So, in Vegas-speak, that argument’s a push.
The point is, as has been well-documented, while a game can be defined by a mere moment or two – in this case, the Mario Manningham catch that was, and the Welker catch that wasn’t – the reality is there are so many other things that went wrong for New England in Indianapolis.
Brady was sub-standard on this night, made some poor throws, plus he was intercepted when trying to find an injured Rob Gronkowski, who’s good for much more than 26 yards when healthy. Twelve men on the field. Two drops on the final possession of the game.
None of those are excuses, just realities. It’s why we love the NFL. Some nights you get the Tuck Rule, others the Helmet Catch. You don’t get that in any other game.
Fans can rationalize this loss however they’d like.
Blame Welker, one of the best receivers in the franchise’s history, but I’m not buying it. Blame Brady, who obviously made some mistakes, but I dare you in good conscious to hang that whole game on his head. Call it a choke-job if you want, if you refuse to give the Giants the credit they deserve. Say it’s the end of an era – I don’t believe that either. Based on next year’s Super Bowl favorite odds, neither does Vegas.
As a Patriots fan, I do believe I now hate the Giants. In January of 2007, I couldn’t have cared less about them. One month later, I was bitter and full of angst. Now, they beat my team again on the biggest stage imaginable and I think I have more disdain for them than I do Sexy Rexy’s Jets. By training camp, I’ll probably have reverted back because, hey, as Bostonians, we just love to hate New York teams. Give us a reason, and we’ll hate the MLS Red Bulls.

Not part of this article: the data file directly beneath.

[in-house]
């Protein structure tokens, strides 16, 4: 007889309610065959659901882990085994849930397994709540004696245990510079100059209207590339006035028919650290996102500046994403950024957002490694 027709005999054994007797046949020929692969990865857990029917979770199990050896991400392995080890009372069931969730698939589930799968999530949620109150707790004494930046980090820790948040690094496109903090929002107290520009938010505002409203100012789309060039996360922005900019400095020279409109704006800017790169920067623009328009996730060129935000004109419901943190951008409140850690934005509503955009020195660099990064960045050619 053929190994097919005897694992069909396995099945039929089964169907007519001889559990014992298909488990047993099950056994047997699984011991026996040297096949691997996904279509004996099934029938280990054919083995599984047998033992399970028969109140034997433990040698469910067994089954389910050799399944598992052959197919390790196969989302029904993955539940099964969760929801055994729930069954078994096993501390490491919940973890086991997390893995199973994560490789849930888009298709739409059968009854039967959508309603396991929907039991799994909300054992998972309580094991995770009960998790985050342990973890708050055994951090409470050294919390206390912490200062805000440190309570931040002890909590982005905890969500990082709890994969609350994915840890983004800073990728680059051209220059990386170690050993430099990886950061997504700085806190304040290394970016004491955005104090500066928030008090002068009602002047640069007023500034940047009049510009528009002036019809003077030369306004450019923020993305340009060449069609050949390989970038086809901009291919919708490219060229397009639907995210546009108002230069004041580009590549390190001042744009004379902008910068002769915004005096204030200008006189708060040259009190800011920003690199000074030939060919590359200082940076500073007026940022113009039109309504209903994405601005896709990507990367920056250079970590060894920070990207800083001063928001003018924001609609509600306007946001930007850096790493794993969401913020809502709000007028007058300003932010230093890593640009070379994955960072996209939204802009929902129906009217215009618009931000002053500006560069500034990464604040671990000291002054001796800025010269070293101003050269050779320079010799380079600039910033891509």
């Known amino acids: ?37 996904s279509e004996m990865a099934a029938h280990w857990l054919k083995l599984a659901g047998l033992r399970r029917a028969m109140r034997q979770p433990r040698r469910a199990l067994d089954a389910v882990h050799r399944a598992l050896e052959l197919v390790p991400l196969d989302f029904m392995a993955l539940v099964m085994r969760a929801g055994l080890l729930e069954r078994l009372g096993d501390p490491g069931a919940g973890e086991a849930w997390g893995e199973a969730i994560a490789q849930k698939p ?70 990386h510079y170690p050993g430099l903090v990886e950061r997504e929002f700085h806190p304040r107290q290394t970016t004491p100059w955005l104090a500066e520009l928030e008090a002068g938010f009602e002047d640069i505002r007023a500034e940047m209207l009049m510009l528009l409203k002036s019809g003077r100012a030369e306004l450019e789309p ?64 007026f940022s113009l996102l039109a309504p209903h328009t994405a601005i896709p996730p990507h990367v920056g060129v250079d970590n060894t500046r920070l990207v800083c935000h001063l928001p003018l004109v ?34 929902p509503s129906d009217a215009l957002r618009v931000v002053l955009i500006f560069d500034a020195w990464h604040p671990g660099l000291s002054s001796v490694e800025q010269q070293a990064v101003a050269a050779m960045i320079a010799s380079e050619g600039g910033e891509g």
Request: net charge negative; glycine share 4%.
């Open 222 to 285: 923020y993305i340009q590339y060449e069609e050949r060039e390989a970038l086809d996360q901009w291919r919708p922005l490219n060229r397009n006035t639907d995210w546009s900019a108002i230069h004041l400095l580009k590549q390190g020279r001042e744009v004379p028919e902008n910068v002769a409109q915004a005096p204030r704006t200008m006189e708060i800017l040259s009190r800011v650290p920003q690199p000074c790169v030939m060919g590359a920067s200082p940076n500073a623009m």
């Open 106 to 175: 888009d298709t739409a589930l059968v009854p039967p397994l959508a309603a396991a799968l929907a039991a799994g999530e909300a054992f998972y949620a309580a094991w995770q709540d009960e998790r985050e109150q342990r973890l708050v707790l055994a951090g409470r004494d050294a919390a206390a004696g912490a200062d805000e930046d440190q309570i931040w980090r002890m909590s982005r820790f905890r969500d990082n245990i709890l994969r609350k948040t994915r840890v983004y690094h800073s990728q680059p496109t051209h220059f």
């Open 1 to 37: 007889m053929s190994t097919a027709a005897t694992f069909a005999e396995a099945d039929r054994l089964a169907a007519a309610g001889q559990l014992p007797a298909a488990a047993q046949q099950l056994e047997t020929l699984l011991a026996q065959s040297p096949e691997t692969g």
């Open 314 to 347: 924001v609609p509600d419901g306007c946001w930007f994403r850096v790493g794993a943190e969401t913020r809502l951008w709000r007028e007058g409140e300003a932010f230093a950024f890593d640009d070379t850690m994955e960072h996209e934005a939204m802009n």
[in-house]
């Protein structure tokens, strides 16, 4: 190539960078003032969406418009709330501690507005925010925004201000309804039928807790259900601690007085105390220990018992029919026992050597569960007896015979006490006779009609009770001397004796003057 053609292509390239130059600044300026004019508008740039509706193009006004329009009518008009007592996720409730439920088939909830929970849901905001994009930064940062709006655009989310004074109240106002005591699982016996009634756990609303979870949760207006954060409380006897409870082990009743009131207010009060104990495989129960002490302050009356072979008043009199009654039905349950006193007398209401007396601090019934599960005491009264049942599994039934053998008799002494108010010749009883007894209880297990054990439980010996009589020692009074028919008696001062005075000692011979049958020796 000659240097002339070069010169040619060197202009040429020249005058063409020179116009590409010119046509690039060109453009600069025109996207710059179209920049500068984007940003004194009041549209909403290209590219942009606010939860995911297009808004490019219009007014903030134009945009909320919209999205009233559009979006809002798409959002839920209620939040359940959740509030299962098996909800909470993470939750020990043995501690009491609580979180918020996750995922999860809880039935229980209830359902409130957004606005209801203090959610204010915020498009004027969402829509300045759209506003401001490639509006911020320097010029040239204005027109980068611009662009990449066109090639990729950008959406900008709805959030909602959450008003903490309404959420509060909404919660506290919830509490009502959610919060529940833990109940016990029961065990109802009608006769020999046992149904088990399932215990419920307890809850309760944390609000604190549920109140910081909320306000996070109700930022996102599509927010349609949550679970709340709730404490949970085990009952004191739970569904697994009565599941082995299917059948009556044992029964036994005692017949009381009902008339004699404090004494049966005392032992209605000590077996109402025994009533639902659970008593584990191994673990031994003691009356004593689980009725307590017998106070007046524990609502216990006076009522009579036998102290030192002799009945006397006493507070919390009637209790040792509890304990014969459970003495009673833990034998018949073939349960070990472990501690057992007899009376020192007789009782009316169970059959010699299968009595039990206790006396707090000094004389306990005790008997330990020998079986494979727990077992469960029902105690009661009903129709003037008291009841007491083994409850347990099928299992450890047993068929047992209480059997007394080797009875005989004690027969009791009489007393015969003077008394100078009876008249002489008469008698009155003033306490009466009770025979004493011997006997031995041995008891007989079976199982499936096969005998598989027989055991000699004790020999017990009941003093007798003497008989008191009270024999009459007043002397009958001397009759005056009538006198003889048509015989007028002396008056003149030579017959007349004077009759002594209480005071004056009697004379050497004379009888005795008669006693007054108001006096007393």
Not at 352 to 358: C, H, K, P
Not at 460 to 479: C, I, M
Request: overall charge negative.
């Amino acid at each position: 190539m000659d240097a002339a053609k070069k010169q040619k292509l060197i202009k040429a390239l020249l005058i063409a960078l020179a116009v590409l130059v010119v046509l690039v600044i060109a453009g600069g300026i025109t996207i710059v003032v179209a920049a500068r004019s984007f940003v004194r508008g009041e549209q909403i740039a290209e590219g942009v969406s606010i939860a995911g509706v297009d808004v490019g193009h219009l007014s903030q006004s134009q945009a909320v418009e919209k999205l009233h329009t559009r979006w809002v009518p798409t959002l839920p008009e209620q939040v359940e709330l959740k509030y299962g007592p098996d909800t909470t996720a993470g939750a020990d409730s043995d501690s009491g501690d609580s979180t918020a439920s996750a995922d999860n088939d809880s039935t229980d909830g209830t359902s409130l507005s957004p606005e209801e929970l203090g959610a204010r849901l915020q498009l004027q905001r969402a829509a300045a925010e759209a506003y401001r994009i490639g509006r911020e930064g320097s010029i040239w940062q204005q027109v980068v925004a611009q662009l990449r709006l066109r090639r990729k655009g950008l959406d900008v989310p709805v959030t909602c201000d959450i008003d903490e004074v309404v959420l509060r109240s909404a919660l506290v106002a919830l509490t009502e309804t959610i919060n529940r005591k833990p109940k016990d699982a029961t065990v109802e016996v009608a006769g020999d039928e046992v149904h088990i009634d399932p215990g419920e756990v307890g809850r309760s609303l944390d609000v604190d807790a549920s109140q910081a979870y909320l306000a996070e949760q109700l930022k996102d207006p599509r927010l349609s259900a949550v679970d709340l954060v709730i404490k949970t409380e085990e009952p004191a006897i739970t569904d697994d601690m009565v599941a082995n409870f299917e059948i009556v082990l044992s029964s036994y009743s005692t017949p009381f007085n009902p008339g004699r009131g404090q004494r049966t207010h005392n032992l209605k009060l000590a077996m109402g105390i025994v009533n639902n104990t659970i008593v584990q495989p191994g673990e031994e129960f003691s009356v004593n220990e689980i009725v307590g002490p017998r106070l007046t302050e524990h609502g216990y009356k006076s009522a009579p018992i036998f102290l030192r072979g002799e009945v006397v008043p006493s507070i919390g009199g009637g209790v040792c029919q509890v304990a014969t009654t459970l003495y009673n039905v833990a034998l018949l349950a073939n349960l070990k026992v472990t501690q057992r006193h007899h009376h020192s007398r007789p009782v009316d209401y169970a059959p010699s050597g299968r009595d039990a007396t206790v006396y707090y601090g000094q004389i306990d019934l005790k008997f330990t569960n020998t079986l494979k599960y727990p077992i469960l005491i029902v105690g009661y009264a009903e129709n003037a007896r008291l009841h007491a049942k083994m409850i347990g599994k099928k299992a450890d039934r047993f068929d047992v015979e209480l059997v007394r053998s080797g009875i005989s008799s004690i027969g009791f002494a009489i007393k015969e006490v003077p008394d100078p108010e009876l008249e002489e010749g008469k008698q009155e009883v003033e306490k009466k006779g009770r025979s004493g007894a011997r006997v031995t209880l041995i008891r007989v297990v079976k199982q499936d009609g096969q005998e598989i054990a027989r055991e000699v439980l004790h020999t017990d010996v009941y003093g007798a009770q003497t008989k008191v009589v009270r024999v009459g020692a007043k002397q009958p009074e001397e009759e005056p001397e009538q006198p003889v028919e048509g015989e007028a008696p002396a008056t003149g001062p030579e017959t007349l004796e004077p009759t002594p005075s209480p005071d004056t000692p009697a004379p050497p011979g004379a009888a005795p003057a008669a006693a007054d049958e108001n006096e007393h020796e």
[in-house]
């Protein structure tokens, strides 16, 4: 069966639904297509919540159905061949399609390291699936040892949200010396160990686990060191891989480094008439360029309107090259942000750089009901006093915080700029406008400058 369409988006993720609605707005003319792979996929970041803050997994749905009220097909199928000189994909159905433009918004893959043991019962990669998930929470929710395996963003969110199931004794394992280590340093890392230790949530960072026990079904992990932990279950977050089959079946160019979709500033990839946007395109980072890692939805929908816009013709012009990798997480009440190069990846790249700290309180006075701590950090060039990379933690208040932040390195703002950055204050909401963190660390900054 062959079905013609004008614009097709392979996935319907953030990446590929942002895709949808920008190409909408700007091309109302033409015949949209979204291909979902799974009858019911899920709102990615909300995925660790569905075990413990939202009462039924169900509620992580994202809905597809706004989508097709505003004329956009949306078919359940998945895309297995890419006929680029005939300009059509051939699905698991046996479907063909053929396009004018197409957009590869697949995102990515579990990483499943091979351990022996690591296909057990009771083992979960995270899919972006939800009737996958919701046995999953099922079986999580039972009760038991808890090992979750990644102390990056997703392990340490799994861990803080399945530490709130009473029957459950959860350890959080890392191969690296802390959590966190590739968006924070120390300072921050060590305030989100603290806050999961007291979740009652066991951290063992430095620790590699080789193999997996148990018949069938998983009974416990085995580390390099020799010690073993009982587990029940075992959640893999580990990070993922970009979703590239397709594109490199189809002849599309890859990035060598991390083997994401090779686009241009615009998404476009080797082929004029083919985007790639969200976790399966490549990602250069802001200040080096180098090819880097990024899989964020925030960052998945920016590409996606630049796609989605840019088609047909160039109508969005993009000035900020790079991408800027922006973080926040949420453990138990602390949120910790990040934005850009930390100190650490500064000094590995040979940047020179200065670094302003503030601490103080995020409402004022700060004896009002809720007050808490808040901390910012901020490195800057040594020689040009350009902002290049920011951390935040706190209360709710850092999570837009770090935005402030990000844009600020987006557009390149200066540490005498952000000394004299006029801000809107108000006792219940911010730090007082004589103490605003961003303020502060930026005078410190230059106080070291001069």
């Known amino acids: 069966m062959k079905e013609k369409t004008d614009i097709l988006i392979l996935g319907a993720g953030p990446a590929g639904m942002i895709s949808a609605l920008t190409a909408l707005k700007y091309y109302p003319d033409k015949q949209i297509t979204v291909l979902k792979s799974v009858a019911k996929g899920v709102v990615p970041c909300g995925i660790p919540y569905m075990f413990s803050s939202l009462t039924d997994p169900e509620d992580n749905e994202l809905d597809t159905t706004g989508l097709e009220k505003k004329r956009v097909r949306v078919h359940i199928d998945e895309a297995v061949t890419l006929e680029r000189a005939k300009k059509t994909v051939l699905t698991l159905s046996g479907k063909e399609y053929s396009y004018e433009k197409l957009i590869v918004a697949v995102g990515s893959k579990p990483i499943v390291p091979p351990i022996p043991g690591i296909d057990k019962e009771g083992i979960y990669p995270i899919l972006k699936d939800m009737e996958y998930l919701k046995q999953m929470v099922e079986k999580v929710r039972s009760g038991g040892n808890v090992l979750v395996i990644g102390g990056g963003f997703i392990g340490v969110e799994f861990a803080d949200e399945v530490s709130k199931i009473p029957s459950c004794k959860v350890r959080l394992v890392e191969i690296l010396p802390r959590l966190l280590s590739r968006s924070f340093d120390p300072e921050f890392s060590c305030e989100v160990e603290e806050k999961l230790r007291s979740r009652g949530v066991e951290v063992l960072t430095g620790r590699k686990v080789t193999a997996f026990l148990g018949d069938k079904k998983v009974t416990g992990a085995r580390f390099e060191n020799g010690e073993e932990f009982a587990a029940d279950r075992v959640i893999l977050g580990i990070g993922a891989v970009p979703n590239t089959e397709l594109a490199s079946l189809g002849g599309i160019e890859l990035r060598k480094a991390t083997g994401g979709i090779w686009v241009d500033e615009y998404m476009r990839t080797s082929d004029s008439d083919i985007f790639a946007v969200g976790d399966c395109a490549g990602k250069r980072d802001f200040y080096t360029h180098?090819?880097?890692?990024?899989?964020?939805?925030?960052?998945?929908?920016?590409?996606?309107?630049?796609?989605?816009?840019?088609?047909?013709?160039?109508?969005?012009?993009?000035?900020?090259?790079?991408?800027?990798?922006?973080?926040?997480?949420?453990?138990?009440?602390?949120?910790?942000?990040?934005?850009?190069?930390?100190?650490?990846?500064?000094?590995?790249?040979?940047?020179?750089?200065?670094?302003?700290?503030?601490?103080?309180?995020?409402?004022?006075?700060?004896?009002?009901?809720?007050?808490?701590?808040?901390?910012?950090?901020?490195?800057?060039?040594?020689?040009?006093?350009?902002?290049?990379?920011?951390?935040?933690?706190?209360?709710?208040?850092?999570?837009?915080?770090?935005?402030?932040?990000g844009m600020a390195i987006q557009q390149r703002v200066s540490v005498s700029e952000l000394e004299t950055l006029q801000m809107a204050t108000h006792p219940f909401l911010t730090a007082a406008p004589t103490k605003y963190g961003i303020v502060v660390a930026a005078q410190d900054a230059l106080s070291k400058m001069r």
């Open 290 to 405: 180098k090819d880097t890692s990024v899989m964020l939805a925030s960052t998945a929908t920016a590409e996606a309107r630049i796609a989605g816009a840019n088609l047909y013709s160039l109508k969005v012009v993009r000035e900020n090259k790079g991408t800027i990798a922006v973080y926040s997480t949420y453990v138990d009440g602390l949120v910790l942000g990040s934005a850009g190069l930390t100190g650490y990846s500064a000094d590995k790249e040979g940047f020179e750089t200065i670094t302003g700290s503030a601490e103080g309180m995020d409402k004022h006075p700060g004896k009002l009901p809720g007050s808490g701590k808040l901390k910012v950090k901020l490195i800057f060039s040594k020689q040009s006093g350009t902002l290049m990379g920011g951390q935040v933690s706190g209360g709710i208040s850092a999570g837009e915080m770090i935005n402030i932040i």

Thing is, who cares? No matter how Gisele sees the world through her Tom-loving glasses, we’ve got to recognize as sports fans that the better team won at Lucas Oil Stadium on Sunday. Whether Peyton or Eli, it truly is Manning’s house. If the Pats and Giants meet 10 times, perhaps they split. The way these games have ended, you could certainly make that case. But, Tom Coughlin’s G-Men have won the last three and, no matter how narrow the margin, he’s got the Pats figured out right now and you have to respect it. Not enjoy it, just respect it.
The Giants won the Super Bowl, and they’ve had better things to do since than to face questions about Tom’s gorgeous, famous wife opening her mouth. I don’t blame Brandon Jacobs for saying, “she just needs to continue to stay cute and shut up.”
That said, for everyone other than us media folks, it’s a dead issue. The season’s postmortem? That’s got a long way to go. So, I’ll just take my rational hat off and leave you as a bitter Pats fan:
Hey, Jacobs! You shut up! Go enjoy your stupid trophy! See ya next year, ya dink!
Adam Kaufman, a native of Massachusetts, joined the Sports Hub as an on-air personality in June 2011. He has worked as a television and radio anchor and broadcaster for various outlets since 2004, and his written views on sports and entertainment have appeared on NESN.com and in the New England Hockey Journal. You can follow him on Twitter @AdamMKaufman.